Antibiotics have been used for the past 70 years to treat illnesses and prevent thousands of deaths. However, some antibiotics are no longer as effective at killing bacteria and treating illnesses. This is known as Antimicrobial Resistance or Antibiotic Resistance.
Antibiotics will not cure a cold or the flu. They are also not appropriate for bronchitis, some ear infections or sinus infections.
Taking antibiotics unnecessarily can kill helpful bacteria in the body and increase your risk for serious infections.
How Can You Protect Yourself?
Learn more about Antibiotic Resistance.
What is Hepatitis A?
Hepatitis A is a highly contagious liver infection caused by the Hepatitis A virus. It can range in severity from a mild illness lasting a few weeks to a severe illness lasting several months.
Can Hepatitis A be prevented?
Yes. The best way to prevent Hepatitis A is by getting vaccinated. Experts recommend the vaccine for all children, and people with certain risk factors and medical conditions. The vaccine is also recommended for travelers to certain international countries, even if travel occurs for short times or on closed resorts.
Without treatment, HIV (human immunodeficiency virus) can make a person very sick and even cause death. Learning the basics about HIV can keep you healthy and prevent transmission.
HIV can be transmitted by:
HIV is NOT transmitted by:
The amount of measles cases in the US has been extremely low in the last 30 years due to an effective two-dose anti-measles vaccination program, but recently there have been an increasing number of cases nationwide. The Massachusetts Department of Public Health is recommending assessment of patients and vaccination of patients lacking evidence of immunity.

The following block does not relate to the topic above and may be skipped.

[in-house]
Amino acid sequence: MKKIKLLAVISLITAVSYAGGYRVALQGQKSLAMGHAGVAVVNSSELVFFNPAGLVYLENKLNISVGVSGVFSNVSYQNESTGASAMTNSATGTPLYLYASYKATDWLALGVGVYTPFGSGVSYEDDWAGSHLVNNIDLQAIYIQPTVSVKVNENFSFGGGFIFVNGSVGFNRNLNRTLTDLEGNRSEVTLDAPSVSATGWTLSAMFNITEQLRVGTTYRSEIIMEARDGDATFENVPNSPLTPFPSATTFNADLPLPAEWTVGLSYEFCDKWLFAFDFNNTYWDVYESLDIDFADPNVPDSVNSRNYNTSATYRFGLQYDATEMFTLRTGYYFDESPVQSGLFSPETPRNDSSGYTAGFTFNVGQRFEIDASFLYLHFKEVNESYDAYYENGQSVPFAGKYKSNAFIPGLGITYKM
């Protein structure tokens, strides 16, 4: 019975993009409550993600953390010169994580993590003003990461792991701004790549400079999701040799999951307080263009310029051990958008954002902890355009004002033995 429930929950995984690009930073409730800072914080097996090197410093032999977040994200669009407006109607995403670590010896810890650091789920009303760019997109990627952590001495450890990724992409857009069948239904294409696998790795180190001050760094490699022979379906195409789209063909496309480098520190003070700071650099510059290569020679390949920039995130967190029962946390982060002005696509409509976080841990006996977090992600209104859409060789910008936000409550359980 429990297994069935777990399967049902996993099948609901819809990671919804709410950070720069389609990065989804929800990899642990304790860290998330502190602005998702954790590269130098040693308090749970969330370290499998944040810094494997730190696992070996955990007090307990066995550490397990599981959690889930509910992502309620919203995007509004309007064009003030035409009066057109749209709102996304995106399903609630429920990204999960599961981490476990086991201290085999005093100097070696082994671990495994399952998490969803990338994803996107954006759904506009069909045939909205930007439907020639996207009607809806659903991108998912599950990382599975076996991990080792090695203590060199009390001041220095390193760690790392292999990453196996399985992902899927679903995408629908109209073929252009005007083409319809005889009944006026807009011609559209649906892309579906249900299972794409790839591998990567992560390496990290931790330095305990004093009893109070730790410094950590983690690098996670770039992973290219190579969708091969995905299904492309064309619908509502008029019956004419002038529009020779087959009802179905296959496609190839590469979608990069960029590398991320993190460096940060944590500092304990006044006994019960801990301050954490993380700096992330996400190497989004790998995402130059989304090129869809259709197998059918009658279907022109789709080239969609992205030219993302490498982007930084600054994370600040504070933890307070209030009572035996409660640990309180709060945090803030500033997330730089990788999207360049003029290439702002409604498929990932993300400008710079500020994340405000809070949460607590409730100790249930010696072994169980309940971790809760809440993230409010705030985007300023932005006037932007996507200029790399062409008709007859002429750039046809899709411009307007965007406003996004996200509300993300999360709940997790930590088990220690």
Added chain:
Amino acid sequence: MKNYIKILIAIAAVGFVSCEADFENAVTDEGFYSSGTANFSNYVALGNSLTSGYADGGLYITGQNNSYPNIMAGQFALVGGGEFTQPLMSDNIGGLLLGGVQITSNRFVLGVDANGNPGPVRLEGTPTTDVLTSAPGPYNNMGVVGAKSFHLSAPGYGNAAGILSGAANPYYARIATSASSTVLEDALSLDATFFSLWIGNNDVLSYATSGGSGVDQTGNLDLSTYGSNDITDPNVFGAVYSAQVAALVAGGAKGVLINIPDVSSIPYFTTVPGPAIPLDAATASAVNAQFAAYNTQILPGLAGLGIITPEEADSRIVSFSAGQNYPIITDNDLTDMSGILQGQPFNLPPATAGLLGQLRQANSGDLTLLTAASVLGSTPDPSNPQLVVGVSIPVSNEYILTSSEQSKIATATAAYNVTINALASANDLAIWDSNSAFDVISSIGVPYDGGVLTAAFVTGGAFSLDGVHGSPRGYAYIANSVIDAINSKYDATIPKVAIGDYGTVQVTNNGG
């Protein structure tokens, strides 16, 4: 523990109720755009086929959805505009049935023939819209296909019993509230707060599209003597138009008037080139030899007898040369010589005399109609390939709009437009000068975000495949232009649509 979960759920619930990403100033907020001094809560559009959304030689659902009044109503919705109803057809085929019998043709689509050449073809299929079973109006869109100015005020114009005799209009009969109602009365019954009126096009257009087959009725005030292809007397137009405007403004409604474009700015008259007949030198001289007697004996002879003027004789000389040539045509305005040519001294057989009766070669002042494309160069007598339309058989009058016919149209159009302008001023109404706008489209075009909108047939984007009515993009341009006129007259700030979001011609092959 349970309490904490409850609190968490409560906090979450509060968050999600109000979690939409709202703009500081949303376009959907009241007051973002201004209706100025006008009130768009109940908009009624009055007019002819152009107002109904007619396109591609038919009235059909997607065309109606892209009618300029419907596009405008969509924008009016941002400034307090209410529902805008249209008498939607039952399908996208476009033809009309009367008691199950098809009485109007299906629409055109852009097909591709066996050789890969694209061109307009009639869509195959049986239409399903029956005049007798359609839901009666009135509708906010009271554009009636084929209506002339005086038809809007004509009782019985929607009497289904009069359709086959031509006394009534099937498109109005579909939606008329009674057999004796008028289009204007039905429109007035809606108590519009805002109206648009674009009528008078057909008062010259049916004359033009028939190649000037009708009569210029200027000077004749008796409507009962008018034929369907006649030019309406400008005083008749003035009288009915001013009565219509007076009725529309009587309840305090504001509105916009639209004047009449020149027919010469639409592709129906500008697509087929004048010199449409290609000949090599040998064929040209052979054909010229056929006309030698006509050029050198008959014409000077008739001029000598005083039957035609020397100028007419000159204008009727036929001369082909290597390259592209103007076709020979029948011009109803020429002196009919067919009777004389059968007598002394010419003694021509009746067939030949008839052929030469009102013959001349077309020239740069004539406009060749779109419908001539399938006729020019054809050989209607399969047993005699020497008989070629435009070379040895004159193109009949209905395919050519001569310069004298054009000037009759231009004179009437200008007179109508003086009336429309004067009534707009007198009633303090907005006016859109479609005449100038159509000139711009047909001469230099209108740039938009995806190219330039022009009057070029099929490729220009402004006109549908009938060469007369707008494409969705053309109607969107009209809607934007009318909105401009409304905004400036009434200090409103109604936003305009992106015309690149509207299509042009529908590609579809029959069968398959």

Any suspected case of measles should be immediately reported to the local health department and the Massachusetts Department of Public Health at 617-983-6800.
Should a patient call with a concern that they have measles? They should be advised to avoid all public activities until they can be evaluated and arrangements should be made to have them isolated, preferably in an Emergency Department.
Mpox is a rare disease caused by infection with the mpox virus, which can make people sick. Symptoms may include a rash, resembling pimples or blisters, often preceded by flu-like illness. Overall illness typically lasts 2 - 4 weeks. While some people experience mild symptoms, others may experience severe pain. Mpox can be spread to anyone through close, personal, often skin-to-skin contact.
The CDC recommends the following steps to protect yourself from getting mpox:
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